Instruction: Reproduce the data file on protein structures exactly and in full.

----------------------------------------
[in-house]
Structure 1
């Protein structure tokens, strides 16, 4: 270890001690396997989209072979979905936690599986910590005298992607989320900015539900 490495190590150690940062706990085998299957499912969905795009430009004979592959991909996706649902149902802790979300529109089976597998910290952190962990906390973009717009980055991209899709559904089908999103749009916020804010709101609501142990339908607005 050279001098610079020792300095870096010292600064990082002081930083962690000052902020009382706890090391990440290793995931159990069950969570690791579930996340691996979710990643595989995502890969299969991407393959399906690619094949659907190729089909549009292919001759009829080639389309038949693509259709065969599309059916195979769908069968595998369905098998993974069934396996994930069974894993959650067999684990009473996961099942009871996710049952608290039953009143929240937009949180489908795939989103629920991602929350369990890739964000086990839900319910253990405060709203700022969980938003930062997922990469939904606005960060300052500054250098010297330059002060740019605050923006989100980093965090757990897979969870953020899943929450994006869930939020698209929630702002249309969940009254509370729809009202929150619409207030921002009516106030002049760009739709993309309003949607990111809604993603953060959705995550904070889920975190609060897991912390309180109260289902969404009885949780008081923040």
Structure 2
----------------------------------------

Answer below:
[in-house]
Structure 1
């Protein structure tokens, strides 16, 4: 270890001690396997989209072979979905936690599986910590005298992607989320900015539900 490495190590150690940062706990085998299957499912969905795009430009004979592959991909996706649902149902802790979300529109089976597998910290952190962990906390973009717009980055991209899709559904089908999103749009916020804010709101609501142990339908607005 050279001098610079020792300095870096010292600064990082002081930083962690000052902020009382706890090391990440290793995931159990069950969570690791579930996340691996979710990643595989995502890969299969991407393959399906690619094949659907190729089909549009292919001759009829080639389309038949693509259709065969599309059916195979769908069968595998369905098998993974069934396996994930069974894993959650067999684990009473996961099942009871996710049952608290039953009143929240937009949180489908795939989103629920991602929350369990890739964000086990839900319910253990405060709203700022969980938003930062997922990469939904606005960060300052500054250098010297330059002060740019605050923006989100980093965090757990897979969870953020899943929450994006869930939020698209929630702002249309969940009254509370729809009202929150619409207030921002009516106030002049760009739709993309309003949607990111809604993603953060959705995550904070889920975190609060897991912390309180109260289902969404009885949780008081923040």
Structure 2